As soon as we tell ourselves we should be doing something, we turn off the part of our brains that can help us actually do it. Here’s why it happens, and what to do instead.
If you’re not sure if you tend toward a deficit mindset, all you have to do is pay attention to how often you tell yourself you should have already met some external standard of behavior.
If the optimist thinks the glass is half full and the pessimist thinks the glass is half empty, the person with a deficit mindset thinks they should have done a better job pouring the water. Not to mention, they should have changed the water filter a week ago, been more committed to staying hydrated, and probably learned how to blow their own fucking glassware.
‘Should’ is a canary in the coal mine for the deficit mindset because it captures the two core tendencies involved: 1. measuring ourselves against a receding horizon of idealized expectations, and 2. seeing ourselves as failing to meet those expectations in a way that could, would, should have been avoided, if only we were better. The first rule of the deficit mindset is that there is no excuse for being in deficit.
No surprise, then, that people who recognize themselves in a description like this often just wind up adding Get rid of deficit thinking to the list of things they should have already done, right after flossing twice a day and getting back to being fluent in French.
Have you ever heard the saying, If all you have is a hammer, everything looks like a nail? In the deficit mindset, ‘should’ is the hammer, and our lives are the nail.
Why ‘Should’ is a Brain Killer
In order to actually begin to escape this mindset, we need to understand another hammer-like property of ‘should’: the way it obliterates our capacity for higher reasoning.
For example a while back I was struggling with staying up too late. I kept telling myself I should go to sleep earlier. I kept not doing it. I yelled at myself. Nothing changed. I kept yelling. For weeks.
This is a level of problem-solving — if you can even call it that — that we wouldn’t entertain for a hot minute in most other areas of our lives. If your dog started pooping in the hallway out of nowhere, you wouldn’t just keep scolding him forever. You’d at least ask yourself why the fuck he suddenly decided to do that. You’d consider stress, diet, your usual walking route, and a million things. You’d examine data, create hypotheses, and trial solutions.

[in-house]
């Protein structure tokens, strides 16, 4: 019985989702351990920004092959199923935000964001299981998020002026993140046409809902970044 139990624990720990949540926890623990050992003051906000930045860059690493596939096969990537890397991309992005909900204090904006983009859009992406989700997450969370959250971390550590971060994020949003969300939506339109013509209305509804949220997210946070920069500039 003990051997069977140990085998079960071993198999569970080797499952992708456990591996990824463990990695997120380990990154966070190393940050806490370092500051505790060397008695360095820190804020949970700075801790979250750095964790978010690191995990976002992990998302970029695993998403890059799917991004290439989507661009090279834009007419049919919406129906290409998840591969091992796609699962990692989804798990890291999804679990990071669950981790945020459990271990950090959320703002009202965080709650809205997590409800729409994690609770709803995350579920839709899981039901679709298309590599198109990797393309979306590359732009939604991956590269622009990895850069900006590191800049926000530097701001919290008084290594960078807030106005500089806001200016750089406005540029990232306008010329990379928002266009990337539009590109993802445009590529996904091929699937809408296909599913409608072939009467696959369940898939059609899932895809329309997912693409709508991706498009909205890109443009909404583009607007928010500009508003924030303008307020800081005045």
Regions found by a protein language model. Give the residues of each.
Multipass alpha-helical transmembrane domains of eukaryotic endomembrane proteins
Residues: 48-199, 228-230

That I did none of this is down to the fact that ‘should’ comes with an explanation for the problem pre-installed. ‘Should’ tells us there’s a rule, which we naturally won’t want to follow — otherwise there wouldn’t need to be a rule about it. So when we don’t follow it, the reason is clear: we’re bad at controlling our natural inclinations. The only relevant responses are to apply rules harder and become less bad.
We never need to look any further because our badness is always ready to hand as the answer — no investigation required. Nothing to see here, folks, we won’t be needing the ol’ pre-frontal cortex for this one!
This is how ‘should’ turns a relatively smart person into someone who forgets how to do basic problem-solving.
There’s a simple way to reverse this process, which I call the De-Shouldifier. It’s a method for bringing our problem-solving skills back online and exiting the stalemate of ‘should’. Here’s how it works:
1. Rephrase whatever thing you think you should do as something you WANT to do.
So for example, ‘I should go to bed earlier’ becomes ‘I want to go to bed earlier’. This immediately accomplishes two things: I stop seeing going to bed as an externally imposed standard I am inherently reluctant to meet, and I start seeing it as something I have chosen for myself for a reason. My wanting gets lined up with the thing I’m trying to do, rather than against it. This is key because as I’ve written elsewhere, getting us to act is what wanting is for.